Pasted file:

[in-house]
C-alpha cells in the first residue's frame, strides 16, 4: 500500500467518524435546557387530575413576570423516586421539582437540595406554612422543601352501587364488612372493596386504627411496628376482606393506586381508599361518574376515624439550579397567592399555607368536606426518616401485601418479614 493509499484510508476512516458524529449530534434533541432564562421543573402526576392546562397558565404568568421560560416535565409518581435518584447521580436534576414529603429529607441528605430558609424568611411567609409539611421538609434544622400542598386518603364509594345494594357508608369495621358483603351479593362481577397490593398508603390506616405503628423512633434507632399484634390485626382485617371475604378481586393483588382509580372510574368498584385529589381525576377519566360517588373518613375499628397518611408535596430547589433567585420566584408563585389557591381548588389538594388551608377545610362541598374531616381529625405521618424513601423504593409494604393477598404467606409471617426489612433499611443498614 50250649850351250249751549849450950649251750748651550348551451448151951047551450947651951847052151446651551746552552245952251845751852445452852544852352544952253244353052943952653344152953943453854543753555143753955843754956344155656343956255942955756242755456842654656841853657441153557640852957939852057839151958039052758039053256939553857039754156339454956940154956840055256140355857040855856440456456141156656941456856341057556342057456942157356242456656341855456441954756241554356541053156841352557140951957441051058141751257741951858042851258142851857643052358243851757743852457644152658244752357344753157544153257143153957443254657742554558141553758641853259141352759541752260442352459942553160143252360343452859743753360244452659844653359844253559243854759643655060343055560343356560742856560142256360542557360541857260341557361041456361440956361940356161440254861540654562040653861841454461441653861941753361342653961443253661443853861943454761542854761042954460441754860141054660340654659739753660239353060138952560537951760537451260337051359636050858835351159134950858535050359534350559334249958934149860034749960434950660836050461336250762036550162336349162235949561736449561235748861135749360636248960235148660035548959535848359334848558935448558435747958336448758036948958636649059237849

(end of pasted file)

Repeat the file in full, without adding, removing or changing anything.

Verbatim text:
[in-house]
C-alpha cells in the first residue's frame, strides 16, 4: 500500500467518524435546557387530575413576570423516586421539582437540595406554612422543601352501587364488612372493596386504627411496628376482606393506586381508599361518574376515624439550579397567592399555607368536606426518616401485601418479614 493509499484510508476512516458524529449530534434533541432564562421543573402526576392546562397558565404568568421560560416535565409518581435518584447521580436534576414529603429529607441528605430558609424568611411567609409539611421538609434544622400542598386518603364509594345494594357508608369495621358483603351479593362481577397490593398508603390506616405503628423512633434507632399484634390485626382485617371475604378481586393483588382509580372510574368498584385529589381525576377519566360517588373518613375499628397518611408535596430547589433567585420566584408563585389557591381548588389538594388551608377545610362541598374531616381529625405521618424513601423504593409494604393477598404467606409471617426489612433499611443498614 50250649850351250249751549849450950649251750748651550348551451448151951047551450947651951847052151446651551746552552245952251845751852445452852544852352544952253244353052943952653344152953943453854543753555143753955843754956344155656343956255942955756242755456842654656841853657441153557640852957939852057839151958039052758039053256939553857039754156339454956940154956840055256140355857040855856440456456141156656941456856341057556342057456942157356242456656341855456441954756241554356541053156841352557140951957441051058141751257741951858042851258142851857643052358243851757743852457644152658244752357344753157544153257143153957443254657742554558141553758641853259141352759541752260442352459942553160143252360343452859743753360244452659844653359844253559243854759643655060343055560343356560742856560142256360542557360541857260341557361041456361440956361940356161440254861540654562040653861841454461441653861941753361342653961443253661443853861943454761542854761042954460441754860141054660340654659739753660239353060138952560537951760537451260337051359636050858835351159134950858535050359534350559334249958934149860034749960434950660836050461336250762036550162336349162235949561736449561235748861135749360636248960235148660035548959535848359334848558935448558435747958336448758036948958636649059237849